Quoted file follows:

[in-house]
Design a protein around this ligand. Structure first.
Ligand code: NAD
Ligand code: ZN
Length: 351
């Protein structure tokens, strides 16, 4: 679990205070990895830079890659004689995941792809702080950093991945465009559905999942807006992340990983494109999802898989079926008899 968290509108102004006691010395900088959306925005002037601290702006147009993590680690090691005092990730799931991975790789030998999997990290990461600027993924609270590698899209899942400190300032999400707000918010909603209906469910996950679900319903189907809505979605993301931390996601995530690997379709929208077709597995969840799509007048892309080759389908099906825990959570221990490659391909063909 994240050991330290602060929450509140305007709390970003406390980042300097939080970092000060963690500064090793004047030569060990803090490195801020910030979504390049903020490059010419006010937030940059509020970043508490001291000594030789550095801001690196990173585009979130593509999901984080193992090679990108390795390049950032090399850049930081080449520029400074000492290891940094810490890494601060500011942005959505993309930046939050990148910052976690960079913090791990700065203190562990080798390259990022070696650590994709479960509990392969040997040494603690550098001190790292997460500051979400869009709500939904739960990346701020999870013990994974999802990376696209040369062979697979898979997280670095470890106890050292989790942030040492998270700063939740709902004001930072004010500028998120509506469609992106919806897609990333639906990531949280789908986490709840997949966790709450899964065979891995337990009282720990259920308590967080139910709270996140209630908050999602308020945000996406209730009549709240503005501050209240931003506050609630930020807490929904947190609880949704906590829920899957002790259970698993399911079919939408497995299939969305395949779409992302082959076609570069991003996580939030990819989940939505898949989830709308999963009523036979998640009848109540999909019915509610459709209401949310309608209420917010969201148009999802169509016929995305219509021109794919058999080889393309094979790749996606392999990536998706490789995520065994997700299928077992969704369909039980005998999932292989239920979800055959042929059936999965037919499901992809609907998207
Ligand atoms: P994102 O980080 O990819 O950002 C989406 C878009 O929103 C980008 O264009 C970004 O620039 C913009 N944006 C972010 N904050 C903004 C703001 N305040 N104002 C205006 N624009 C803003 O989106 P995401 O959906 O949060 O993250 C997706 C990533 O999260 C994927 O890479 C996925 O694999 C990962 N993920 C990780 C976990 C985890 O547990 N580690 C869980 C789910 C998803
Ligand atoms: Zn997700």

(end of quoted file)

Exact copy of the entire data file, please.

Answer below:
[in-house]
Design a protein around this ligand. Structure first.
Ligand code: NAD
Ligand code: ZN
Length: 351
């Protein structure tokens, strides 16, 4: 679990205070990895830079890659004689995941792809702080950093991945465009559905999942807006992340990983494109999802898989079926008899 968290509108102004006691010395900088959306925005002037601290702006147009993590680690090691005092990730799931991975790789030998999997990290990461600027993924609270590698899209899942400190300032999400707000918010909603209906469910996950679900319903189907809505979605993301931390996601995530690997379709929208077709597995969840799509007048892309080759389908099906825990959570221990490659391909063909 994240050991330290602060929450509140305007709390970003406390980042300097939080970092000060963690500064090793004047030569060990803090490195801020910030979504390049903020490059010419006010937030940059509020970043508490001291000594030789550095801001690196990173585009979130593509999901984080193992090679990108390795390049950032090399850049930081080449520029400074000492290891940094810490890494601060500011942005959505993309930046939050990148910052976690960079913090791990700065203190562990080798390259990022070696650590994709479960509990392969040997040494603690550098001190790292997460500051979400869009709500939904739960990346701020999870013990994974999802990376696209040369062979697979898979997280670095470890106890050292989790942030040492998270700063939740709902004001930072004010500028998120509506469609992106919806897609990333639906990531949280789908986490709840997949966790709450899964065979891995337990009282720990259920308590967080139910709270996140209630908050999602308020945000996406209730009549709240503005501050209240931003506050609630930020807490929904947190609880949704906590829920899957002790259970698993399911079919939408497995299939969305395949779409992302082959076609570069991003996580939030990819989940939505898949989830709308999963009523036979998640009848109540999909019915509610459709209401949310309608209420917010969201148009999802169509016929995305219509021109794919058999080889393309094979790749996606392999990536998706490789995520065994997700299928077992969704369909039980005998999932292989239920979800055959042929059936999965037919499901992809609907998207
Ligand atoms: P994102 O980080 O990819 O950002 C989406 C878009 O929103 C980008 O264009 C970004 O620039 C913009 N944006 C972010 N904050 C903004 C703001 N305040 N104002 C205006 N624009 C803003 O989106 P995401 O959906 O949060 O993250 C997706 C990533 O999260 C994927 O890479 C996925 O694999 C990962 N993920 C990780 C976990 C985890 O547990 N580690 C869980 C789910 C998803
Ligand atoms: Zn997700």